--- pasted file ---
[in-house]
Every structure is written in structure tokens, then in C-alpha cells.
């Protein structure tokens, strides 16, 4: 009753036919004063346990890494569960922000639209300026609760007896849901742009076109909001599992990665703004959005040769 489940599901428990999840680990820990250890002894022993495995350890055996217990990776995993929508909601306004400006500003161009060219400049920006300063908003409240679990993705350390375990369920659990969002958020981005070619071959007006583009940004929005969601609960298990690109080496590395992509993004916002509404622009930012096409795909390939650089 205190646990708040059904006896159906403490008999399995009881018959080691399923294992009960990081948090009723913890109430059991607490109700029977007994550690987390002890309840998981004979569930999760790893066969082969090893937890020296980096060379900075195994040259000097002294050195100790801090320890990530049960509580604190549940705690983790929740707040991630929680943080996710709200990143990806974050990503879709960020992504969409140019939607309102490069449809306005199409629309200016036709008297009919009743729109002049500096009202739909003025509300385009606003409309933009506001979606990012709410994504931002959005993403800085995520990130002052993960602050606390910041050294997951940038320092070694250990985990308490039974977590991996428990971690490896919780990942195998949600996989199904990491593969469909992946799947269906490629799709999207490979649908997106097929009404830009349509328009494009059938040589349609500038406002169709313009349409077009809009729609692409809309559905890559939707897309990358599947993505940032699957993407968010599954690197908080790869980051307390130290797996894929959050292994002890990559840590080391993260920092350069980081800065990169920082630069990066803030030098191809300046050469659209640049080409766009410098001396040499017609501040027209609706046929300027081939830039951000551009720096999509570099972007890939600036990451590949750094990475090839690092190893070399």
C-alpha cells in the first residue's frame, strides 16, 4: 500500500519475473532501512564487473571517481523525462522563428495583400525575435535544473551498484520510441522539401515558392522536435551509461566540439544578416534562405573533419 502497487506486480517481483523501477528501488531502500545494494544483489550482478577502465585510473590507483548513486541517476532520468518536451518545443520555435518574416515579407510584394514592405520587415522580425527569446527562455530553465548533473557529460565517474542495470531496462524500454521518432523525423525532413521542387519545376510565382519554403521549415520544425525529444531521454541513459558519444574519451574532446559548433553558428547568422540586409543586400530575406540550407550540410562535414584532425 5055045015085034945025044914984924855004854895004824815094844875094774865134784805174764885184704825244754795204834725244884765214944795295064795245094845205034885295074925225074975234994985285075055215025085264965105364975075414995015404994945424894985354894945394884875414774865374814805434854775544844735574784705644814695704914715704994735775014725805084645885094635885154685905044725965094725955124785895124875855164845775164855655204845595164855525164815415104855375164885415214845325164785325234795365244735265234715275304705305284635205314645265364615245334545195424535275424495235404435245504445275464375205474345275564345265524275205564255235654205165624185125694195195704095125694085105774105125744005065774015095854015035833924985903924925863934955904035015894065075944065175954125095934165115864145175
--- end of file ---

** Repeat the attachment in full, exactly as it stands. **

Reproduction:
[in-house]
Every structure is written in structure tokens, then in C-alpha cells.
């Protein structure tokens, strides 16, 4: 009753036919004063346990890494569960922000639209300026609760007896849901742009076109909001599992990665703004959005040769 489940599901428990999840680990820990250890002894022993495995350890055996217990990776995993929508909601306004400006500003161009060219400049920006300063908003409240679990993705350390375990369920659990969002958020981005070619071959007006583009940004929005969601609960298990690109080496590395992509993004916002509404622009930012096409795909390939650089 205190646990708040059904006896159906403490008999399995009881018959080691399923294992009960990081948090009723913890109430059991607490109700029977007994550690987390002890309840998981004979569930999760790893066969082969090893937890020296980096060379900075195994040259000097002294050195100790801090320890990530049960509580604190549940705690983790929740707040991630929680943080996710709200990143990806974050990503879709960020992504969409140019939607309102490069449809306005199409629309200016036709008297009919009743729109002049500096009202739909003025509300385009606003409309933009506001979606990012709410994504931002959005993403800085995520990130002052993960602050606390910041050294997951940038320092070694250990985990308490039974977590991996428990971690490896919780990942195998949600996989199904990491593969469909992946799947269906490629799709999207490979649908997106097929009404830009349509328009494009059938040589349609500038406002169709313009349409077009809009729609692409809309559905890559939707897309990358599947993505940032699957993407968010599954690197908080790869980051307390130290797996894929959050292994002890990559840590080391993260920092350069980081800065990169920082630069990066803030030098191809300046050469659209640049080409766009410098001396040499017609501040027209609706046929300027081939830039951000551009720096999509570099972007890939600036990451590949750094990475090839690092190893070399």
C-alpha cells in the first residue's frame, strides 16, 4: 500500500519475473532501512564487473571517481523525462522563428495583400525575435535544473551498484520510441522539401515558392522536435551509461566540439544578416534562405573533419 502497487506486480517481483523501477528501488531502500545494494544483489550482478577502465585510473590507483548513486541517476532520468518536451518545443520555435518574416515579407510584394514592405520587415522580425527569446527562455530553465548533473557529460565517474542495470531496462524500454521518432523525423525532413521542387519545376510565382519554403521549415520544425525529444531521454541513459558519444574519451574532446559548433553558428547568422540586409543586400530575406540550407550540410562535414584532425 5055045015085034945025044914984924855004854895004824815094844875094774865134784805174764885184704825244754795204834725244884765214944795295064795245094845205034885295074925225074975234994985285075055215025085264965105364975075414995015404994945424894985354894945394884875414774865374814805434854775544844735574784705644814695704914715704994735775014725805084645885094635885154685905044725965094725955124785895124875855164845775164855655204845595164855525164815415104855375164885415214845325164785325234795365244735265234715275304705305284635205314645265364615245334545195424535275424495235404435245504445275464375205474345275564345265524275205564255235654205165624185125694195195704095125694085105774105125744005065774015095854015035833924985903924925863934955904035015894065075944065175954125095934165115864145175